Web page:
A meteor exploded into a massive fireball over Earth in December last year, but it wasn't noticed by anyone till recently.
The blast was the second-largest of its kind in a century, and the biggest since the fireball over Chelyabinsk in Russia in 2013, New Scientist reported. It went unnoticed largely because of where it blew up: over open seas off the coast of the Kamchatka Peninsula in Russia.
The explosion was ten times as powerful as the Hiroshima atomic bomb, hitting Earth's atmosphere at 5.20 am IST (11.50 pm GMT) on 19 December over the stretch of Pacific Ocean between Russia and Alaska.
"A fireball this big is only expected about two or three times every 100 years," Lindley Johnson, planetary defense officer at NASA, told BBC.
The space rock barrelled through the atmosphere at speeds of 32 km/s, exploding around 25 kilometres above the Earth's surface with a little less than half the energy of the Chelyabinsk meteor explosion six years ago.
"But (this explosion) was over the Bering Sea, so it didn't have the same type of effect or show up in the news," Kelly Fast, manager of the near-Earth objects observations programme at NASA, said.
"That's another thing we have in our defense, there's plenty of water on the planet."
Military surveillance satellites picked up on the blast as it happened, and NASA was notified of the event by the US Air Force. Dr Johnson said that the fireball entered the atmosphere over an area close to routes used by commercial planes from North America to Asia and back. Researchers have been verifying with airlines to see if there were any reported sightings of the event from passengers or the pilots.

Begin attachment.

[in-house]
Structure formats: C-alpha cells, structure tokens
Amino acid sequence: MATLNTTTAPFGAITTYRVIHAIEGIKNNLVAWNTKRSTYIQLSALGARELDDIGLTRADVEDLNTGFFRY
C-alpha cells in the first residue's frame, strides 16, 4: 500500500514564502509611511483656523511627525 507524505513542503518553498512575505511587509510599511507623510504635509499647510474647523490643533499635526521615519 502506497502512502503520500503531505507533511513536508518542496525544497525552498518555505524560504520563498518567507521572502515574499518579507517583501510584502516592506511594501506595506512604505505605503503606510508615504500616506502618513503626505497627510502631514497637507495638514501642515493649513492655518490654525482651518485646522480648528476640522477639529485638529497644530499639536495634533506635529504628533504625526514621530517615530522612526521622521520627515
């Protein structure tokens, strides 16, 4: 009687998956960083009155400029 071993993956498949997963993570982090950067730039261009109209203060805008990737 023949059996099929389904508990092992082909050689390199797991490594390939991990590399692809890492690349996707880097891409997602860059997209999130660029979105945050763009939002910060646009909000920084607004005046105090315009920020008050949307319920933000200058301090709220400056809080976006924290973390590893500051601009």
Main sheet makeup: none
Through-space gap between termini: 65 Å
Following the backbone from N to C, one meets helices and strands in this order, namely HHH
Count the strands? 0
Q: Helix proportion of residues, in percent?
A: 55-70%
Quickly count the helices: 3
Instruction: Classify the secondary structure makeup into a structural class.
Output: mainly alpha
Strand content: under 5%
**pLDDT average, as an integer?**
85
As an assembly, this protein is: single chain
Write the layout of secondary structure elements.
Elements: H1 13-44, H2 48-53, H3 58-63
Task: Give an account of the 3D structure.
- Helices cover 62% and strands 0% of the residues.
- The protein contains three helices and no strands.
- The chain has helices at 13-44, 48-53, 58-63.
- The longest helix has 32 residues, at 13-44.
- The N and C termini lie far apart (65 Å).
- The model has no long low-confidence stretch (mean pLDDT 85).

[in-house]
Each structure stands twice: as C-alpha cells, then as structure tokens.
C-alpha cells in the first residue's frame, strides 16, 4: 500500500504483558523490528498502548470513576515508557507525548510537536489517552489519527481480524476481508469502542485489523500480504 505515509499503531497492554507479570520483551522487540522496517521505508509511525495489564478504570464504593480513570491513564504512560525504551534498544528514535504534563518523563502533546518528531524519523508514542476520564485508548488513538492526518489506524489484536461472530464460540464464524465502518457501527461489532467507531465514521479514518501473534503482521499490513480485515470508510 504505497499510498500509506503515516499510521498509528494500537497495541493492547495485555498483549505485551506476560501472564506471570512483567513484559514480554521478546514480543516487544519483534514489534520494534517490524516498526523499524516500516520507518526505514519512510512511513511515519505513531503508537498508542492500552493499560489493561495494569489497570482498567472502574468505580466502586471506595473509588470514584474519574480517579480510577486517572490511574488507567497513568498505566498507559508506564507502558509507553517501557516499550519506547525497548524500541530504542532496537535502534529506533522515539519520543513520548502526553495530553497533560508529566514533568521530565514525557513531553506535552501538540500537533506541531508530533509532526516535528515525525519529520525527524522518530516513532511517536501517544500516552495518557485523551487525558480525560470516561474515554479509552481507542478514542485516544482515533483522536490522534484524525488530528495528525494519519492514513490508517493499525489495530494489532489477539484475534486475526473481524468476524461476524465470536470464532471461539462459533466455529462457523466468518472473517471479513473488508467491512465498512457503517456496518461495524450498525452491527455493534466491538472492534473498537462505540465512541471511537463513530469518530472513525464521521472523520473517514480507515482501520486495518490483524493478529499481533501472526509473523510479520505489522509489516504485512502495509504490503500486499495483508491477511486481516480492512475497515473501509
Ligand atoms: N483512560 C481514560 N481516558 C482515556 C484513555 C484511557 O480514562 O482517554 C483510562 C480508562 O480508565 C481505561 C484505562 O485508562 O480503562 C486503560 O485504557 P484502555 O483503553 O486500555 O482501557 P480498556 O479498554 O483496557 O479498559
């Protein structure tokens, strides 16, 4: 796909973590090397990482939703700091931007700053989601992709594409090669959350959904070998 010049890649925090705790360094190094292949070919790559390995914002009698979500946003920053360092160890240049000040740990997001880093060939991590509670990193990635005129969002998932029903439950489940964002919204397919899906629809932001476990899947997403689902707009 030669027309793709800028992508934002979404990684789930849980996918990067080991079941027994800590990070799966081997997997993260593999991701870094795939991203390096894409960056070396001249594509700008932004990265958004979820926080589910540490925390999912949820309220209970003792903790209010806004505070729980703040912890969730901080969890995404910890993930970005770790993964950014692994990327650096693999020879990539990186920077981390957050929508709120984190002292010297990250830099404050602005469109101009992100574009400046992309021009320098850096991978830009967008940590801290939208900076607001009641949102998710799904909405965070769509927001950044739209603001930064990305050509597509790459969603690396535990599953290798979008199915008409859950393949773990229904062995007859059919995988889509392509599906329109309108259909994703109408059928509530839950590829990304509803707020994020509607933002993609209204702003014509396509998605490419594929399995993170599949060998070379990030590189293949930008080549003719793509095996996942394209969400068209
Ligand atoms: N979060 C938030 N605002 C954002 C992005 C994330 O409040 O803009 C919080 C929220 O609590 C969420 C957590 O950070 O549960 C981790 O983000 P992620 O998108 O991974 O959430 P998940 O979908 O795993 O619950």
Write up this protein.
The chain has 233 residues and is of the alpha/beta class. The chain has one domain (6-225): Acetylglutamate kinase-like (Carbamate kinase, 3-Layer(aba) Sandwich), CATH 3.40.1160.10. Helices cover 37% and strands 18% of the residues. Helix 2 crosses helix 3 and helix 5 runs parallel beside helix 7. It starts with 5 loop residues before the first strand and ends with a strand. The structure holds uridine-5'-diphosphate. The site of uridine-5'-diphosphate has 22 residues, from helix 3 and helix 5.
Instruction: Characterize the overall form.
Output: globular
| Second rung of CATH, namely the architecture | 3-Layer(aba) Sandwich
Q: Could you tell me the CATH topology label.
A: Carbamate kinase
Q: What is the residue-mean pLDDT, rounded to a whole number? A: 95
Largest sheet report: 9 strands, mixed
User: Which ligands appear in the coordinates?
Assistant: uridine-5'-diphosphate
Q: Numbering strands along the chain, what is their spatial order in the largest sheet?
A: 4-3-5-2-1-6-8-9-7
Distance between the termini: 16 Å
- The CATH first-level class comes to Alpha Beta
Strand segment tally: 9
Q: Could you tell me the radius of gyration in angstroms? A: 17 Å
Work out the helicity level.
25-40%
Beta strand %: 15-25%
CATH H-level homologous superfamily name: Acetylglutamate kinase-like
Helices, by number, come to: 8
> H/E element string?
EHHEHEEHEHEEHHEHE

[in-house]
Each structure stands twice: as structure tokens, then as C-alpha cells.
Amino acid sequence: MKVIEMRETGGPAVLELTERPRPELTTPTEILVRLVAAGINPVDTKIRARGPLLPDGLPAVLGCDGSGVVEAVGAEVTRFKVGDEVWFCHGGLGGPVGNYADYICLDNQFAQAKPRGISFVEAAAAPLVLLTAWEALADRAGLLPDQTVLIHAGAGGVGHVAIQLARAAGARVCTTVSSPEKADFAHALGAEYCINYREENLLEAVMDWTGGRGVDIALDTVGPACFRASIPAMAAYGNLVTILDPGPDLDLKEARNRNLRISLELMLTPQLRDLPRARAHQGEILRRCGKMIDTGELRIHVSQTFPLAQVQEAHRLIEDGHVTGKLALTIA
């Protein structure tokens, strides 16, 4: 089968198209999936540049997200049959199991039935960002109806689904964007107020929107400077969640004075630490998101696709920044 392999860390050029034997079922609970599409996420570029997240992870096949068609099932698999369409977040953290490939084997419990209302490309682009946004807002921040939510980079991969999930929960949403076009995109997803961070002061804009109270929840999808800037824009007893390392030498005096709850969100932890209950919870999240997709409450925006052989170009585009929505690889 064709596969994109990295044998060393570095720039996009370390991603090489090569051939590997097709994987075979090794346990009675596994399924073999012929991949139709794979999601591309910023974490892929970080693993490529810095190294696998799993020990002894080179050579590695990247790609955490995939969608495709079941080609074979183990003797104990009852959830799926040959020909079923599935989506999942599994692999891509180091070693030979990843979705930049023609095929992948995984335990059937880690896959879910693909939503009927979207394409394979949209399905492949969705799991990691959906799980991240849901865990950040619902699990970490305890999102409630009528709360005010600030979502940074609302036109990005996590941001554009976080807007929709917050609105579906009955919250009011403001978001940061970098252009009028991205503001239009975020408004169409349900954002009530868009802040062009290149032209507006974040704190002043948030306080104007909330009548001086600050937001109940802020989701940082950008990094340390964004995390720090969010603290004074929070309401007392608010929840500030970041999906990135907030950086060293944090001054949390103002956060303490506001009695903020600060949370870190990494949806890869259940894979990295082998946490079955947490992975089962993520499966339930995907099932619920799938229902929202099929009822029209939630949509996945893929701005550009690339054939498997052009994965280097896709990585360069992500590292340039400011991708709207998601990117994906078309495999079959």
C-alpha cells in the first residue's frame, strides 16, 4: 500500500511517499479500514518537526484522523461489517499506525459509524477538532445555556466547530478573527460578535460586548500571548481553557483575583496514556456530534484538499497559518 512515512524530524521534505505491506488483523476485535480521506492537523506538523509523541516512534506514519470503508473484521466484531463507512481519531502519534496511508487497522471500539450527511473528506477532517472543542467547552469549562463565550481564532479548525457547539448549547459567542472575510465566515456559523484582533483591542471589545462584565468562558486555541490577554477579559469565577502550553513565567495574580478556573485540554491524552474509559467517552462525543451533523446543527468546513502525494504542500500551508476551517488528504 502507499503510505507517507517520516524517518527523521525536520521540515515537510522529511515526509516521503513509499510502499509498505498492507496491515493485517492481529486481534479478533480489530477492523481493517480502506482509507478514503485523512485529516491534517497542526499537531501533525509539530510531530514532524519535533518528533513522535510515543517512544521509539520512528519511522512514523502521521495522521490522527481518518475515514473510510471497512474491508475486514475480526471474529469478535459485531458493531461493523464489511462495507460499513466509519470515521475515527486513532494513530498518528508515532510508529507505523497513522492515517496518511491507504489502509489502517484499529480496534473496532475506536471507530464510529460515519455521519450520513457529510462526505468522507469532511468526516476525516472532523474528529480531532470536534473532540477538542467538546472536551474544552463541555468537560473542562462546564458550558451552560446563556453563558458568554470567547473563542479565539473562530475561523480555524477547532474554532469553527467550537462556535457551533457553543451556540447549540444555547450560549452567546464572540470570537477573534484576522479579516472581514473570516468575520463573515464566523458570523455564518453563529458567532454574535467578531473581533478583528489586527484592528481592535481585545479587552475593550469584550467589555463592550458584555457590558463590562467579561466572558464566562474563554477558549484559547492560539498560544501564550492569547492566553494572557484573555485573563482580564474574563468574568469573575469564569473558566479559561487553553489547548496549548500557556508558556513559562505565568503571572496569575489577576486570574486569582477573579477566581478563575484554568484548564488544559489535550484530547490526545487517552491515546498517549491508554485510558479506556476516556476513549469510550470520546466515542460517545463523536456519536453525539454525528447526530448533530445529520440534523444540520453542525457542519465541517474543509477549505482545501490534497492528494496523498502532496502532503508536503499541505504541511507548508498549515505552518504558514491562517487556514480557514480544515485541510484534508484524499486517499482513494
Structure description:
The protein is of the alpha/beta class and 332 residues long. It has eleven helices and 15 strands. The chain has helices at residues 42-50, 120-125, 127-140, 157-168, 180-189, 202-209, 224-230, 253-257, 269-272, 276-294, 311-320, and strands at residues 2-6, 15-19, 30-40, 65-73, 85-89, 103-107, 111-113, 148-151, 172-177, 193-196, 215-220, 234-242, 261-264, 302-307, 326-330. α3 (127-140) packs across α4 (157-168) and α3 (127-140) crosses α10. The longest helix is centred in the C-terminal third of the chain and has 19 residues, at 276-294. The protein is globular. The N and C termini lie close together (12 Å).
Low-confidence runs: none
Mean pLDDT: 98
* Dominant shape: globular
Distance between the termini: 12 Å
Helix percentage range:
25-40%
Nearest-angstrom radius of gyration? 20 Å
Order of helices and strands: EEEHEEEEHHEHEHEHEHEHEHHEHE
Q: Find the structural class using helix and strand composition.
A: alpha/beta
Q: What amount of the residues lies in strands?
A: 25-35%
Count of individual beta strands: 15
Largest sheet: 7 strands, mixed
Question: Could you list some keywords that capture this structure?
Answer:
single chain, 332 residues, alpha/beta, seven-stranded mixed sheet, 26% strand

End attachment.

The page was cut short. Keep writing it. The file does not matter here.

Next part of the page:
The recent incident has uncovered a loophole that NASA is attempting to fix: large-enough space rocks on a collision course with Earth that can affect entire regions on land. This fix is an ongoing project using a combination of ground and space-based telescopes.
In a test of the concept, a telescope called NeoCam will be launched to a gravitational balance point in space. It would then discover and characterise potentially hazardous asteroids larger than 140 m in its field of view.
To get a comprehensive map of all potential threats to Earth, researchers have estimated a couple of more decades through NeoCam and other projects.
"It will take us many decades to get there with the existing suite of ground-based surveys. But if you have an IR-based (infrared) telescope, it goes a lot faster," Amy Mainzer, chief scientist on the NeoCam project, said.